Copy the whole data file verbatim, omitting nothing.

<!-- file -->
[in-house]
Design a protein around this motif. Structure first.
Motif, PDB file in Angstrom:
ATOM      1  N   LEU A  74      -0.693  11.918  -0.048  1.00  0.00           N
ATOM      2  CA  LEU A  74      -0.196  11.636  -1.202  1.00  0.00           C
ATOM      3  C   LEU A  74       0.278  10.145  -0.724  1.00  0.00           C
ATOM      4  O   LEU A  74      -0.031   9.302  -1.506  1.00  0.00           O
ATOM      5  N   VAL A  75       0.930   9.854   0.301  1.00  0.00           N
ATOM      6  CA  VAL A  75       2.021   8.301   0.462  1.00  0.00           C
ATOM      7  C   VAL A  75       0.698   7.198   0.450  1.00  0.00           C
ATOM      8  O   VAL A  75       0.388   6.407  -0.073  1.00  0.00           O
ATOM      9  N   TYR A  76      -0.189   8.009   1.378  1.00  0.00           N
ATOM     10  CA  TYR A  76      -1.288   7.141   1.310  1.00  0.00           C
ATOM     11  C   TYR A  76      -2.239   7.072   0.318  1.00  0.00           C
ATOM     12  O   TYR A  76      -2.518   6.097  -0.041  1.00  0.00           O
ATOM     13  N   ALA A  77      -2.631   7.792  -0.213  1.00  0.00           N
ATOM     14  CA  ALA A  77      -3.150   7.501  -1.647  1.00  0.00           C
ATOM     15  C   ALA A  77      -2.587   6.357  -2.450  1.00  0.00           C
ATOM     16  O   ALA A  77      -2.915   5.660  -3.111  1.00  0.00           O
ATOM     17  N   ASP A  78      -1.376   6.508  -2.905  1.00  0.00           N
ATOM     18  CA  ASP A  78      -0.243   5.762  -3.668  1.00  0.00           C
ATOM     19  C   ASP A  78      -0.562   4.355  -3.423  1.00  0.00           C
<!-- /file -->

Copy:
[in-house]
Design a protein around this motif. Structure first.
Motif, PDB file in Angstrom:
ATOM      1  N   LEU A  74      -0.693  11.918  -0.048  1.00  0.00           N
ATOM      2  CA  LEU A  74      -0.196  11.636  -1.202  1.00  0.00           C
ATOM      3  C   LEU A  74       0.278  10.145  -0.724  1.00  0.00           C
ATOM      4  O   LEU A  74      -0.031   9.302  -1.506  1.00  0.00           O
ATOM      5  N   VAL A  75       0.930   9.854   0.301  1.00  0.00           N
ATOM      6  CA  VAL A  75       2.021   8.301   0.462  1.00  0.00           C
ATOM      7  C   VAL A  75       0.698   7.198   0.450  1.00  0.00           C
ATOM      8  O   VAL A  75       0.388   6.407  -0.073  1.00  0.00           O
ATOM      9  N   TYR A  76      -0.189   8.009   1.378  1.00  0.00           N
ATOM     10  CA  TYR A  76      -1.288   7.141   1.310  1.00  0.00           C
ATOM     11  C   TYR A  76      -2.239   7.072   0.318  1.00  0.00           C
ATOM     12  O   TYR A  76      -2.518   6.097  -0.041  1.00  0.00           O
ATOM     13  N   ALA A  77      -2.631   7.792  -0.213  1.00  0.00           N
ATOM     14  CA  ALA A  77      -3.150   7.501  -1.647  1.00  0.00           C
ATOM     15  C   ALA A  77      -2.587   6.357  -2.450  1.00  0.00           C
ATOM     16  O   ALA A  77      -2.915   5.660  -3.111  1.00  0.00           O
ATOM     17  N   ASP A  78      -1.376   6.508  -2.905  1.00  0.00           N
ATOM     18  CA  ASP A  78      -0.243   5.762  -3.668  1.00  0.00           C
ATOM     19  C   ASP A  78      -0.562   4.355  -3.423  1.00  0.00           C